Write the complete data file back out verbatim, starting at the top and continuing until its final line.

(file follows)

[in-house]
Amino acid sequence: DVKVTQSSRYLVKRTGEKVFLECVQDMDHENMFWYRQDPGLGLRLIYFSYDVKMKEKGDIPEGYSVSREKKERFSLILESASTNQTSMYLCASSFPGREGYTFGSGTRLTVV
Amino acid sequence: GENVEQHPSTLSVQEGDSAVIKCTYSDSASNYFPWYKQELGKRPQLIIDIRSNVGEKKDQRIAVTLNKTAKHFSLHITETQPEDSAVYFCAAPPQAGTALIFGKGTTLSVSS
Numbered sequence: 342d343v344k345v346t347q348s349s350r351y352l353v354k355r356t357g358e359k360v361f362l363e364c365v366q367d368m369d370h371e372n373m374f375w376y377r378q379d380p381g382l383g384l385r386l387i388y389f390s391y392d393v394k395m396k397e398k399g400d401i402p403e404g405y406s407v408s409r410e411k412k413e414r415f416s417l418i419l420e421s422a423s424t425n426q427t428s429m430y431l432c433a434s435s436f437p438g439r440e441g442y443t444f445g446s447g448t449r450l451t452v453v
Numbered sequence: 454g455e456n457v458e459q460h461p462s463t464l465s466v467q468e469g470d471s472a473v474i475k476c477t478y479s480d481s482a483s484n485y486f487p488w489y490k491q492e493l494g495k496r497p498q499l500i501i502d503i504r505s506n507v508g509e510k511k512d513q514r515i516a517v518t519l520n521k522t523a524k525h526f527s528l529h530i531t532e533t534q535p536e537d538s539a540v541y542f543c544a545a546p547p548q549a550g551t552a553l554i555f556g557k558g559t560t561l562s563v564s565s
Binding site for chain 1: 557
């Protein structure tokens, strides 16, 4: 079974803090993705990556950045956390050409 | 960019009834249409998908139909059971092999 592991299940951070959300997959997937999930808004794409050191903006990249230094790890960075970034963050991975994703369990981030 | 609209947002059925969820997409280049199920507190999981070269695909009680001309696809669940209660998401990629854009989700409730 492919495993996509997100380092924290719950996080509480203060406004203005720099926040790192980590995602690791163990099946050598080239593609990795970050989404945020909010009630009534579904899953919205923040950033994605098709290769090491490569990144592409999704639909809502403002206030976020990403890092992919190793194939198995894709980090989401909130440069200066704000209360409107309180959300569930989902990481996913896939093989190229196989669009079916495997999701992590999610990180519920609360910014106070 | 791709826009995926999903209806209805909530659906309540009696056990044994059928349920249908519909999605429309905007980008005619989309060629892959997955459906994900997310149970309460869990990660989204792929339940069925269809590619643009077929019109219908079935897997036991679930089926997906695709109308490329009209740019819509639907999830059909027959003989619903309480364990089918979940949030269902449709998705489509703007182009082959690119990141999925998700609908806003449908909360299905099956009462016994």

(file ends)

[in-house]
Amino acid sequence: DVKVTQSSRYLVKRTGEKVFLECVQDMDHENMFWYRQDPGLGLRLIYFSYDVKMKEKGDIPEGYSVSREKKERFSLILESASTNQTSMYLCASSFPGREGYTFGSGTRLTVV
Amino acid sequence: GENVEQHPSTLSVQEGDSAVIKCTYSDSASNYFPWYKQELGKRPQLIIDIRSNVGEKKDQRIAVTLNKTAKHFSLHITETQPEDSAVYFCAAPPQAGTALIFGKGTTLSVSS
Numbered sequence: 342d343v344k345v346t347q348s349s350r351y352l353v354k355r356t357g358e359k360v361f362l363e364c365v366q367d368m369d370h371e372n373m374f375w376y377r378q379d380p381g382l383g384l385r386l387i388y389f390s391y392d393v394k395m396k397e398k399g400d401i402p403e404g405y406s407v408s409r410e411k412k413e414r415f416s417l418i419l420e421s422a423s424t425n426q427t428s429m430y431l432c433a434s435s436f437p438g439r440e441g442y443t444f445g446s447g448t449r450l451t452v453v
Numbered sequence: 454g455e456n457v458e459q460h461p462s463t464l465s466v467q468e469g470d471s472a473v474i475k476c477t478y479s480d481s482a483s484n485y486f487p488w489y490k491q492e493l494g495k496r497p498q499l500i501i502d503i504r505s506n507v508g509e510k511k512d513q514r515i516a517v518t519l520n521k522t523a524k525h526f527s528l529h530i531t532e533t534q535p536e537d538s539a540v541y542f543c544a545a546p547p548q549a550g551t552a553l554i555f556g557k558g559t560t561l562s563v564s565s
Binding site for chain 1: 557
């Protein structure tokens, strides 16, 4: 079974803090993705990556950045956390050409 | 960019009834249409998908139909059971092999 592991299940951070959300997959997937999930808004794409050191903006990249230094790890960075970034963050991975994703369990981030 | 609209947002059925969820997409280049199920507190999981070269695909009680001309696809669940209660998401990629854009989700409730 492919495993996509997100380092924290719950996080509480203060406004203005720099926040790192980590995602690791163990099946050598080239593609990795970050989404945020909010009630009534579904899953919205923040950033994605098709290769090491490569990144592409999704639909809502403002206030976020990403890092992919190793194939198995894709980090989401909130440069200066704000209360409107309180959300569930989902990481996913896939093989190229196989669009079916495997999701992590999610990180519920609360910014106070 | 791709826009995926999903209806209805909530659906309540009696056990044994059928349920249908519909999605429309905007980008005619989309060629892959997955459906994900997310149970309460869990990660989204792929339940069925269809590619643009077929019109219908079935897997036991679930089926997906695709109308490329009209740019819509639907999830059909027959003989619903309480364990089918979940949030269902449709998705489509703007182009082959690119990141999925998700609908806003449908909360299905099956009462016994």